And here is a scatter plot showing public transport use and the proportion of people travelling to/from the City of Melbourne (excluding those who live in the City of Melbourne) at the SLA level:

That’s a strong relationship. And the biggest outlier at {36% travel to/from Melbourne, 16% public transport use} is Port Phillip – West, which is just on the border of the City of Melbourne where walking would be a significant access mode.

So there is little surprise that public transport use had a lot to do with distance from the CBD (most probably as a proxy for public transport supply), and whether a person visited the City of Melbourne (where public transport is a highly competitive transport option).

Has it got anything to do with how close you live to a train station? I’ll just look at Melbourne and exclude the inner city area where trains are probably less important because of the plethora of trams and ease of active transport.

Proximity to train stations has an impact, but perhaps not by as much as you might expect.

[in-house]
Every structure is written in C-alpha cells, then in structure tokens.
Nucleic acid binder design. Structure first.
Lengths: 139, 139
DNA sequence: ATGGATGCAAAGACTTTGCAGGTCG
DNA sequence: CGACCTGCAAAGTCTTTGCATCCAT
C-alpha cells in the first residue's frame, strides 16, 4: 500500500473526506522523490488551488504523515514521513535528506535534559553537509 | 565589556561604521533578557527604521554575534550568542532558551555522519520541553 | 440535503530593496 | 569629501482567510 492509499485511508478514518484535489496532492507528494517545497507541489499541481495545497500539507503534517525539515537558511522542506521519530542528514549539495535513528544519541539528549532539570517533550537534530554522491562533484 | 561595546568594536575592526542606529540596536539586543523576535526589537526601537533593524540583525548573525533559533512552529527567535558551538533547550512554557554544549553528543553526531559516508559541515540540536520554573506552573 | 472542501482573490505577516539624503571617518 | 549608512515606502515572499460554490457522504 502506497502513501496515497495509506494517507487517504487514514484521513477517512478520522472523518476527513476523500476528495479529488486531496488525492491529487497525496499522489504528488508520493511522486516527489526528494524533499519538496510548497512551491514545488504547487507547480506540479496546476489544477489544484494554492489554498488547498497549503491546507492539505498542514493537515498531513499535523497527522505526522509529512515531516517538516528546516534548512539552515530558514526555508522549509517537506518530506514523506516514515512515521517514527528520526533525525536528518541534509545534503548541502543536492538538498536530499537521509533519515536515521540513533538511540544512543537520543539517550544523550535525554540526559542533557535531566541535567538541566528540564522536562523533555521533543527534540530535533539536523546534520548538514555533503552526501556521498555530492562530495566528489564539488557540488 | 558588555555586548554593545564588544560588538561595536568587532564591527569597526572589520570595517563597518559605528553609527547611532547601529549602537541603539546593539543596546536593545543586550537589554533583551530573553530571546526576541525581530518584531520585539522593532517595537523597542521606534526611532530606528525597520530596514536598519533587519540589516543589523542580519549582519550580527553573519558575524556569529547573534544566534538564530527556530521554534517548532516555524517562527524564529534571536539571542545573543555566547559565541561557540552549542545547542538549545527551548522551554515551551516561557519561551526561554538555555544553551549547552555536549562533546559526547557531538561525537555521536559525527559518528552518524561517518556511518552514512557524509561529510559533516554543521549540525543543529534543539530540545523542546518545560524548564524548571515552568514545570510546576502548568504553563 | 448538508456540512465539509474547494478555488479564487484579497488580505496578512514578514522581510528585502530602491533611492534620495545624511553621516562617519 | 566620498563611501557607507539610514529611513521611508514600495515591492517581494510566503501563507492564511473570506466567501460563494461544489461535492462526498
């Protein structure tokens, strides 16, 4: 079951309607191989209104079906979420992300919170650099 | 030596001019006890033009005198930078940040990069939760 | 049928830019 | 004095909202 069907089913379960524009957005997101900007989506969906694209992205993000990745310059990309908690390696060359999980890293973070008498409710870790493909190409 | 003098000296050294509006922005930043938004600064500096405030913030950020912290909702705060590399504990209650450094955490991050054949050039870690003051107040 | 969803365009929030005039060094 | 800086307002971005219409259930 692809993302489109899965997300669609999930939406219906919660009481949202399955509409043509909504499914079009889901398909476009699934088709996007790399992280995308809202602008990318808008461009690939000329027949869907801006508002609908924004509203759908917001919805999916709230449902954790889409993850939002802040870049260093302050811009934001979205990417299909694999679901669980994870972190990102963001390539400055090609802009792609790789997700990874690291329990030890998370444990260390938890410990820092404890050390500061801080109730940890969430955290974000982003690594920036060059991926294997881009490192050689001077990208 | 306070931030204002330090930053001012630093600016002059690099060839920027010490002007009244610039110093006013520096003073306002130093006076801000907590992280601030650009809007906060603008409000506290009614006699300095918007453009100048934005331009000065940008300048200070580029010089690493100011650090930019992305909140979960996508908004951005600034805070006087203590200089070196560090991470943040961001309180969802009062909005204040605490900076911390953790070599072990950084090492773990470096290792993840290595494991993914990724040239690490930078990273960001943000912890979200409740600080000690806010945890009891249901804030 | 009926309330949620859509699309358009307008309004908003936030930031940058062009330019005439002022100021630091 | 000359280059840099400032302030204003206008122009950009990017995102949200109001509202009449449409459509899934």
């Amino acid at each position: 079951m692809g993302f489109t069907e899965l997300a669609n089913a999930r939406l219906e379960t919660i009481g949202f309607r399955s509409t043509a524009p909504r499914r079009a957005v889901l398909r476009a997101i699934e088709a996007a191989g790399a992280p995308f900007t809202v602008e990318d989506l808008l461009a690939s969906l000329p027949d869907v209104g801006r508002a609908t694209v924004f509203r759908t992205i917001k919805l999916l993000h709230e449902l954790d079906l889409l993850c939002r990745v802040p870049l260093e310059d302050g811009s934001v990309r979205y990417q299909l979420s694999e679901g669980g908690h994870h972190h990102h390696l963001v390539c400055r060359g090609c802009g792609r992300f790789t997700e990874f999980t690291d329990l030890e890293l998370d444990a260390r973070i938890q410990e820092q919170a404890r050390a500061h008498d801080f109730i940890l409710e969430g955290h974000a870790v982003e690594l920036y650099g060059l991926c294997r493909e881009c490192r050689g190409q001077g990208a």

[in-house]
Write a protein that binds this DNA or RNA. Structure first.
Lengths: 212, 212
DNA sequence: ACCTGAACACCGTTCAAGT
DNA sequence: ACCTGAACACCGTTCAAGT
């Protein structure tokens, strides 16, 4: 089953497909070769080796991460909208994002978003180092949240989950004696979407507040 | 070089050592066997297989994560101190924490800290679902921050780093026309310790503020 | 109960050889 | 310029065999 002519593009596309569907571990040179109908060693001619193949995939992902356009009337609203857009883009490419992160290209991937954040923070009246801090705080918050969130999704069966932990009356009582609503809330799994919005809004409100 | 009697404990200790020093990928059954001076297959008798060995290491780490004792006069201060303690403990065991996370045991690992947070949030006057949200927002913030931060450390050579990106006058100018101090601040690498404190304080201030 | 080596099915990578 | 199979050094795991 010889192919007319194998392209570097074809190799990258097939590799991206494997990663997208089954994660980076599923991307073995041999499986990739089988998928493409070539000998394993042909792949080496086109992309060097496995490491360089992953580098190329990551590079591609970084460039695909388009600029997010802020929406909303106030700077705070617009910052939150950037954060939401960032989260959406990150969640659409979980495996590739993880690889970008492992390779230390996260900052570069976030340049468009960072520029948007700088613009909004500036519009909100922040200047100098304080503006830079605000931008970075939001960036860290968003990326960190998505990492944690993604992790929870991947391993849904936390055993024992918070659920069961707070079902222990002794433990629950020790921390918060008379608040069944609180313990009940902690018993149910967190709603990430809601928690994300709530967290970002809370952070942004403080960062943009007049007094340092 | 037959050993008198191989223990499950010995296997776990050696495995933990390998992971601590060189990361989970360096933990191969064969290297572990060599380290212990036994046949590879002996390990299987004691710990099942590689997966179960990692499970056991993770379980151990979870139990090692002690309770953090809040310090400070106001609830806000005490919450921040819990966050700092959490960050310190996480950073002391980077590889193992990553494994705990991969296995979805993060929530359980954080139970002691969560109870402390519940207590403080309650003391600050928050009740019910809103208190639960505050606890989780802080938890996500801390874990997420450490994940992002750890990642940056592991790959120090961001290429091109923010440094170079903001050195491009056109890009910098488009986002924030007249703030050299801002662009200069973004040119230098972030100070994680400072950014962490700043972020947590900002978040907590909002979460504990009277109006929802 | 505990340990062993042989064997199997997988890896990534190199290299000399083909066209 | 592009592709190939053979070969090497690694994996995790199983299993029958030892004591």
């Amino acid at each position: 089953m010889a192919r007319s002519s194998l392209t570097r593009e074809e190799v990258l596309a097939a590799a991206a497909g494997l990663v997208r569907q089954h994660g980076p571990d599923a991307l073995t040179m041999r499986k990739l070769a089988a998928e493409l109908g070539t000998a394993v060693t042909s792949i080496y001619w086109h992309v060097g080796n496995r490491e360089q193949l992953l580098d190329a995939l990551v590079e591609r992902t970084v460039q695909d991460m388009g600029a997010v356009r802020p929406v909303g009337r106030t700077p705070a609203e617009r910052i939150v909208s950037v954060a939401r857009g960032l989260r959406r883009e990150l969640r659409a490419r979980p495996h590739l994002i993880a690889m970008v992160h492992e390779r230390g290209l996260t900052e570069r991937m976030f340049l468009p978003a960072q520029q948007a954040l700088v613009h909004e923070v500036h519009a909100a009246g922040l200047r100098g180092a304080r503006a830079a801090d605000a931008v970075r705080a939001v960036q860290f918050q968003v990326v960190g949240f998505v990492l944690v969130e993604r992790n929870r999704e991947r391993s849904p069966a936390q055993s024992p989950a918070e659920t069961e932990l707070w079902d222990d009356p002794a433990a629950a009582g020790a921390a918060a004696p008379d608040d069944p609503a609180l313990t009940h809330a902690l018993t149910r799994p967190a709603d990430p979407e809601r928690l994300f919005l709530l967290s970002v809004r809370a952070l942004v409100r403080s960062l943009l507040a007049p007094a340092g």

Overall people living closer to train stations were slightly more likely to travel to/from the City of Melbourne, and if they did, they were a little more likely to use public transport.

But only those within 1km of a station were more likely to use public transport if they didn’t travel to/from the City of Melbourne (7% v 5%). Because most people living near to a train station didn’t travel to the City of Melbourne, their average rate of public transport use wasn’t much higher than those living further away.

This result is consistent with the 2006 journey to work patterns.

But what else might explain public transport use?

Motor vehicle ownership

If you don’t own a motor vehicle, you’re going to need to some help getting around, particularly for longer distance travel.

I’ve created a three level measure of motor vehicle ownership:

  • No MVs: No household motor vehicles at all (you’ll be reliant on lifts, taxis, public transport, or public car share schemes for motorised transport)
  • Limited MVs: A household where there are more licensed drivers than motor vehicles (some sharing of vehicles or use of other modes such as public transport will probably required from time to time)
  • MV saturated: A household where there are at least as many motor vehicles as licensed drivers (sharing vehicles between drivers is unlikely to be required)

The VISTA data shows that 25% of households had limited or no motor vehicle ownership, and as you might expect it varies by geography, with higher rates of motor vehicle ownership in the outer suburbs.

In fact here is a map showing the percentage of people living in households with saturated car ownership around Melbourne and Geelong according to VISTA (again, margin of error is up to around 7%). Click to enlarge.